Former Government Minister Hamilton Lashley is pleased that Barbados will finally become a republic but is not impressed that the swearing-in of the country’s first president will take place on Independence Day.
He has suggested that Emancipation Day, which is celebrated on August 1, is the best day for the historic move.
Prime Minister Mia Amor Mottley announced earlier this week that on the 55th Anniversary of Independence on November 30 this year, Barbados’ first non-executive president will be sworn in, after being elected by the electoral college of both Houses of Parliament.
Lashley said that many times during his stint in Parliament he made urgent calls for Barbados to shift from a monarchical structure, mindful that republican status would make Barbadians proud.
However, he said, November 30 is the wrong day for Barbados to mark the accomplishment of attaining republican status, as that would destroy the true meaning and symbolism of Independence Day which he said is one of the most significant days in the country’s history.
“We should not have Republic Day on the same day as Independence Day. Those are two outstanding achievements for Barbados by two outstanding Prime Ministers. Therefore, let each have its space and its relevance in the Barbadian society. I think it would be very wrong for us to celebrate Republic Day on Independence Day. Independence should maintain its status and its relevance in Barbados as it is, and also Republic Day,” Lashley insisted.
“Adult suffrage – Grantley Adams, Independence – Errol Walton Barrow, and Republic Day – Mia Amor Mottley. These are three outstanding days for Barbados. Why would you want to cover one on top of the other? It doesn’t make any sense.”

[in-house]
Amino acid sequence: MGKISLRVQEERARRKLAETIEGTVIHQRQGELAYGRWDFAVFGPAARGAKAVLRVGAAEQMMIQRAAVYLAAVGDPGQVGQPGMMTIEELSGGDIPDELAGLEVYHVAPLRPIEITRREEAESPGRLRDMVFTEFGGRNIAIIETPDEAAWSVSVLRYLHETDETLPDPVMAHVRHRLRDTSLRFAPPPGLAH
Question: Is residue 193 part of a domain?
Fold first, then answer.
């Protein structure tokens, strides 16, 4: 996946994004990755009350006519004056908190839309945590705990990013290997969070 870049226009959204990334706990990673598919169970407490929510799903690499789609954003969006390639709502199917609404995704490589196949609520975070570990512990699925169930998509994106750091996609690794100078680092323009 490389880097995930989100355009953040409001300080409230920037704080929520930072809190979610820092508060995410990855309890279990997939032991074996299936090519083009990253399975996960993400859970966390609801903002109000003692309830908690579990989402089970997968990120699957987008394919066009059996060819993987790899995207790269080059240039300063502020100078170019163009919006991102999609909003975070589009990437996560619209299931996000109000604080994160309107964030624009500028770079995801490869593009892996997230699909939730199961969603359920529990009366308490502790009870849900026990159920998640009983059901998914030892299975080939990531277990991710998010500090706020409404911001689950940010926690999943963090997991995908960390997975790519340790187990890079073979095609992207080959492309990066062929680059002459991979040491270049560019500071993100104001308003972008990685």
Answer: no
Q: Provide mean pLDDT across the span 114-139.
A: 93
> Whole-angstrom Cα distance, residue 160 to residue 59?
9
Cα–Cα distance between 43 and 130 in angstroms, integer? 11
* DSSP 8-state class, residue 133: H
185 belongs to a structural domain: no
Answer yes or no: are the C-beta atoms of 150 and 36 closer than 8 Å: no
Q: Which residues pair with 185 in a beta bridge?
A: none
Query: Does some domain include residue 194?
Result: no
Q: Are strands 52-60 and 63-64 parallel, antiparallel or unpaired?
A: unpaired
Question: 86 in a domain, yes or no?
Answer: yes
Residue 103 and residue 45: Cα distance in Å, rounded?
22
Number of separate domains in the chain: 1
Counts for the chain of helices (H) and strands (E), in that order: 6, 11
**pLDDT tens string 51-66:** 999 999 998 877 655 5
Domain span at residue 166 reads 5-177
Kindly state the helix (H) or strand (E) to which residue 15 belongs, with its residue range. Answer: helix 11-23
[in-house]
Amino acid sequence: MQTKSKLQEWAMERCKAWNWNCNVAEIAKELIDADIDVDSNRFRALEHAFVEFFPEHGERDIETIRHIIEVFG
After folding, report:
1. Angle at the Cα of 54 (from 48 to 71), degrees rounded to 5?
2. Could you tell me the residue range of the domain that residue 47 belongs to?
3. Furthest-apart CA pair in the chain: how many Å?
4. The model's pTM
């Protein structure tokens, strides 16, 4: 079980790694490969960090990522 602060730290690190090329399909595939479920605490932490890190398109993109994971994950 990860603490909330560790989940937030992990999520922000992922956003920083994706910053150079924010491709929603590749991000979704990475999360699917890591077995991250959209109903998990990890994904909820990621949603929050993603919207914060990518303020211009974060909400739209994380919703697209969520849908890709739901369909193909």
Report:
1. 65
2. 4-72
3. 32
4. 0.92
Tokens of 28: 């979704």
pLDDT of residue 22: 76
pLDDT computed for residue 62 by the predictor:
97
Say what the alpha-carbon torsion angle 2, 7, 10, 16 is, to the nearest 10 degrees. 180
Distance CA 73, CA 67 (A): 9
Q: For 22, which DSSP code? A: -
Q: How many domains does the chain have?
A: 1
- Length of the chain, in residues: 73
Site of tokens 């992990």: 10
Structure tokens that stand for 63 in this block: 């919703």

The former Parliamentarian said the move towards republican status is a step towards making Barbadians feel prouder of their identity as a people.
He therefore recommended Emancipation Day as the day for Barbados to mark the move to a republic.
Lashley argued that from the limited activities and celebrations on Emancipation Day, Barbadians do not treat the day which is observed as part of the annual Season of Emancipation as significant.
“People get up on the morning and put on their African wear. Then they travel from point A to point B and sing ‘We Shall Overcome’ with a leaf between their teeth. And then at 11 o’clock, 12 o’clock, except for a few events on evenings, there is no significance of Emancipation Day. And, therefore, this is a wonderful time that we could use Emancipation, with us as a republican state.
“To give Emancipation more status and more relevance… we can fuse the day together. Emancipation is the idea of the spirit of the people who struggled for freedom,” Lashley said.